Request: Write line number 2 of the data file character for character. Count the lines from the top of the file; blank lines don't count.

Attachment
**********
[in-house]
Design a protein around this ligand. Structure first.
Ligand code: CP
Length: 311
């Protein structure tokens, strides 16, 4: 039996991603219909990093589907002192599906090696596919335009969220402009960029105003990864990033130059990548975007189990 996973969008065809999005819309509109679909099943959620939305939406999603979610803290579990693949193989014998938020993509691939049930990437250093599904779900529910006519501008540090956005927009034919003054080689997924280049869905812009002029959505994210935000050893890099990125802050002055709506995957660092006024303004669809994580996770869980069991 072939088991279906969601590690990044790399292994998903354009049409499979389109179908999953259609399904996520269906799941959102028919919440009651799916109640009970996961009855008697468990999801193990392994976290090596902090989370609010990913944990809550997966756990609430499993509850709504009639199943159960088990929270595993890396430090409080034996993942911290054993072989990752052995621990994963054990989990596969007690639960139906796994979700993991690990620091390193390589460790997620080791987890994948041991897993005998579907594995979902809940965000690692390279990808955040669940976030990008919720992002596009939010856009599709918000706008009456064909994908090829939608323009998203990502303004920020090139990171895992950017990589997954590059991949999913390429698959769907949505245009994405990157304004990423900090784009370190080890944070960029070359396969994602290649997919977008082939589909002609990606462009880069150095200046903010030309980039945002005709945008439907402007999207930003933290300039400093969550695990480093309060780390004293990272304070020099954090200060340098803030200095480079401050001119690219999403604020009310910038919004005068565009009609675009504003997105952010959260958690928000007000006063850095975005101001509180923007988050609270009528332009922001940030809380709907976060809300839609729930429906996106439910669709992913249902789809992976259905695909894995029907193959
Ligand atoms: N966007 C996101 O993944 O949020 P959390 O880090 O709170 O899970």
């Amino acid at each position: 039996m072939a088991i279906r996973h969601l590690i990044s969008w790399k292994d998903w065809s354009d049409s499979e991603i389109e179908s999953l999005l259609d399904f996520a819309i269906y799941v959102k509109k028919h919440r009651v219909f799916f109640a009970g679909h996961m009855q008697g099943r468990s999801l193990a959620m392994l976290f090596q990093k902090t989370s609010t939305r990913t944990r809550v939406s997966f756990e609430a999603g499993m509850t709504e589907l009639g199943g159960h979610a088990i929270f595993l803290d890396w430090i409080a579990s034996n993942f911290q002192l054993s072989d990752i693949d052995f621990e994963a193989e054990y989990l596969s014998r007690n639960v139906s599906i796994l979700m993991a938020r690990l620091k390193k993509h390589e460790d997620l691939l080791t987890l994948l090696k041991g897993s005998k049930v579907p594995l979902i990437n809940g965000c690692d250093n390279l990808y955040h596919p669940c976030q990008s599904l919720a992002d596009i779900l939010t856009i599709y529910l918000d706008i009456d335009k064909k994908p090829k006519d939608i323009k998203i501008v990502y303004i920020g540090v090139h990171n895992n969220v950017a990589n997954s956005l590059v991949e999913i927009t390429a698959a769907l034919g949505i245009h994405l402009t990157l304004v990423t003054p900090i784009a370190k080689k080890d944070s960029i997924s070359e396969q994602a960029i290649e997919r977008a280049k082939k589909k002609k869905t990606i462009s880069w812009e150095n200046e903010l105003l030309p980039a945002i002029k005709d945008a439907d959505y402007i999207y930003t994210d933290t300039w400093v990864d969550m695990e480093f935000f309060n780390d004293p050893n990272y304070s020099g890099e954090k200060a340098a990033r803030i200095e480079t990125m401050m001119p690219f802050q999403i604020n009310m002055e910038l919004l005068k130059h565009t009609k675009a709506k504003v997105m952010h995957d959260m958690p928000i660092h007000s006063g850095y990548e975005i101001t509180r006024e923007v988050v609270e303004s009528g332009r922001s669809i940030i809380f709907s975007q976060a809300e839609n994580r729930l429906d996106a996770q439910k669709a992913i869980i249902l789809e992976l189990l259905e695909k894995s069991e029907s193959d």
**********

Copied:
Design a protein around this ligand. Structure first.